Deep inside their hearts Eastern European women don’t believe that a man can be both rich and good natured, and rarely do anything to achieve wealth in their own right. Striving for riches is not considered as contributing to the society but rather as a selfish and immoral way of life.
The desire to have a good life and the belief that it can only be achieved by deceitful means create an inner conflict in Eastern European women’s values, which you may observe if ask appropriate questions.
Male chauvinism and sexism are not simply normal in Eastern European countries of the post-USSR, but they are actively encouraged. While women are equal to men in the eyes of the law, the actual societal attitudes are poles apart.
Women believe that they are dissimilar to men, and should be treated differently. They purposefully try to avoid responsibility and initiative.
Eastern European women often say that they want a man “who knows what he wants”, a “real man”, and a leader. This is what they have been taught to believe a man’s role is, and her role as a woman should be to follow, to encourage, to support her husband or partner.
Extreme attention to beauty and looks is also part of this paradigm: You will rarely see a Russian woman without makeup. They look like they are going to an exciting party, when in reality she simply walked out to fetch a bottle of milk. Making herself to look like a desirable sex object is a part of a woman’s job, they believe.
“The wife should remain interesting to her husband,” you may hear ladies say. By “interesting” they mean desirable.
Eastern European girls are taught from an early age that feminism is a bad word, and being a feminist means hating men. Russian and Eastern European girls like to be treated like ladies: Guys paying for them, opening doors, moving chairs. If a man doesn’t do it, they would be offended and feel devalued.
After the years of forced Soviet equality, modern Eastern European ladies embraced the notion of femininity and enjoy thinking of themselves as dainty and weak. The exemplar saying here would be: “One silly woman decided she wanted to be equal, and now I have to get up at 6 am, and plod to work.”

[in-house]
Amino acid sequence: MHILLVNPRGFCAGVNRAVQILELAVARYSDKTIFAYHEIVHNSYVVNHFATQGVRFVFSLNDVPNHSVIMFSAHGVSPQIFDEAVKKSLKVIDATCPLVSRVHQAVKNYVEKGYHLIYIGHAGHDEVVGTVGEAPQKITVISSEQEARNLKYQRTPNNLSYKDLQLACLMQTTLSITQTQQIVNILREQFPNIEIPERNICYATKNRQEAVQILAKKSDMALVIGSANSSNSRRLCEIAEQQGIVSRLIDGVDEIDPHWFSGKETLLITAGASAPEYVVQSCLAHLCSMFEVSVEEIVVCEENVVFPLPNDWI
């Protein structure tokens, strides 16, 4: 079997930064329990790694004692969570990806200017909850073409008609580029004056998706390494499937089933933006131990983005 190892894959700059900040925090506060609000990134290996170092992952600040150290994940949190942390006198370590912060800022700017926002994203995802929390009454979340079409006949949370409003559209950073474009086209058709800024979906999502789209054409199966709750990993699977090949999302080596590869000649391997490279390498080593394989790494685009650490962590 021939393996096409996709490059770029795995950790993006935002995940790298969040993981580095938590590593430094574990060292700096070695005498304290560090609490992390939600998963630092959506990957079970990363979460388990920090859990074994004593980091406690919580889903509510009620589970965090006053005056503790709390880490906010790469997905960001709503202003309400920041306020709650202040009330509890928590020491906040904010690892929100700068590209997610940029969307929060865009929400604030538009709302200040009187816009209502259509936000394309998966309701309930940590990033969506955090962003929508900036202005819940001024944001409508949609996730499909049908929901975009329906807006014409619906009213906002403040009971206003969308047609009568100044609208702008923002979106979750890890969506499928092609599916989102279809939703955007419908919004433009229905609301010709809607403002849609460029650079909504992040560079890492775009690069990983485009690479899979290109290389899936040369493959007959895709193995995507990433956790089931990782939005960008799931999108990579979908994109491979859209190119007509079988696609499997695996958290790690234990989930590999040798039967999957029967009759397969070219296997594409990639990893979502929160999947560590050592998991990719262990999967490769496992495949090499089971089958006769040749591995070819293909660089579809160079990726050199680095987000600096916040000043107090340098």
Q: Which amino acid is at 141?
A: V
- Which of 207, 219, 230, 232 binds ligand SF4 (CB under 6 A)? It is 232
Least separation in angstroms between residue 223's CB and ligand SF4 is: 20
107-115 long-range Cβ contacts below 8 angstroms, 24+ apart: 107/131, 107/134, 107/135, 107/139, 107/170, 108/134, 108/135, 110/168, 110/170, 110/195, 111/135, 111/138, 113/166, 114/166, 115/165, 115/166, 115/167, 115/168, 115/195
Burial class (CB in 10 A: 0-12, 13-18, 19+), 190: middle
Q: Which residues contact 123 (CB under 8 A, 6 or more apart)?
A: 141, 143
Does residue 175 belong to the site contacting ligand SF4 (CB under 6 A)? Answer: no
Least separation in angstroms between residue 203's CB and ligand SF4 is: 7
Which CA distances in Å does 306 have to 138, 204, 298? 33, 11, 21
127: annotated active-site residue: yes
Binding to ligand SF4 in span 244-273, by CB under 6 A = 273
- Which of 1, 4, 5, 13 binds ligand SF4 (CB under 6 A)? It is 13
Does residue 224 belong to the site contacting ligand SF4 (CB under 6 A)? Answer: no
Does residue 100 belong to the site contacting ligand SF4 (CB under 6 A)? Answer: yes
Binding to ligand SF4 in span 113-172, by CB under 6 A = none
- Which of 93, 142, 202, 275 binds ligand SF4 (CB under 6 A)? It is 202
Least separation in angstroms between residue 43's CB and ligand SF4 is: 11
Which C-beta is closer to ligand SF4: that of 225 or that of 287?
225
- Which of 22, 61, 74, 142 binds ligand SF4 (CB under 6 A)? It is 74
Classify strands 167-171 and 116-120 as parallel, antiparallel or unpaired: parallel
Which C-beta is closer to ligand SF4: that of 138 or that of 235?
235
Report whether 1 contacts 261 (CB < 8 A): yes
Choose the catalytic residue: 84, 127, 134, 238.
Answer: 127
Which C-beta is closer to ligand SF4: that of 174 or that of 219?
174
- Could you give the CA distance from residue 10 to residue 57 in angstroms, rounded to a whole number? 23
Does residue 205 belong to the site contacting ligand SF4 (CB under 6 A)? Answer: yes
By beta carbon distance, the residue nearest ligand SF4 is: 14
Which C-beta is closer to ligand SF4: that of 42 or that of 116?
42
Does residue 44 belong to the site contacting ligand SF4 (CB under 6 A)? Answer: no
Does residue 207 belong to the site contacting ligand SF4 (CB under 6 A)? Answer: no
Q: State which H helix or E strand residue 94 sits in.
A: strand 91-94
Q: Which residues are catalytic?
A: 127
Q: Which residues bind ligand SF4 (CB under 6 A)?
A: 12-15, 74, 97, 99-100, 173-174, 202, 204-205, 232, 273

They actually think that being treated as weak and inferior in a patronizing manner is the sign of a man being a gentleman. Think Rhett Butler from Gone with The Wind, that’s the ultimate “real man”. Being macho is an admirable quality in the eyes of Eastern European ladies.
All in all, marriage agencies don’t lie that dating a Eastern European woman is like courting a model with the values of your grandmother.
It’s a rather weird combination, but this is what these societies formed in females over the period of the last 25 years since the times of Perestroika and the following collapse of the Soviet Union.
The change from the “traditional family values” is very slow there, with all their good and bad parts still being pretty much alive and kicking.
Eastern European ladies seeking foreign men for relationships (due to the horrendous demographics in these countries) are certainly not “mail order brides” but they do possess a distinctively different set of views and beliefs to western females.
If you are communicating with a woman from post-Soviet countries, you would be wise to remember about it.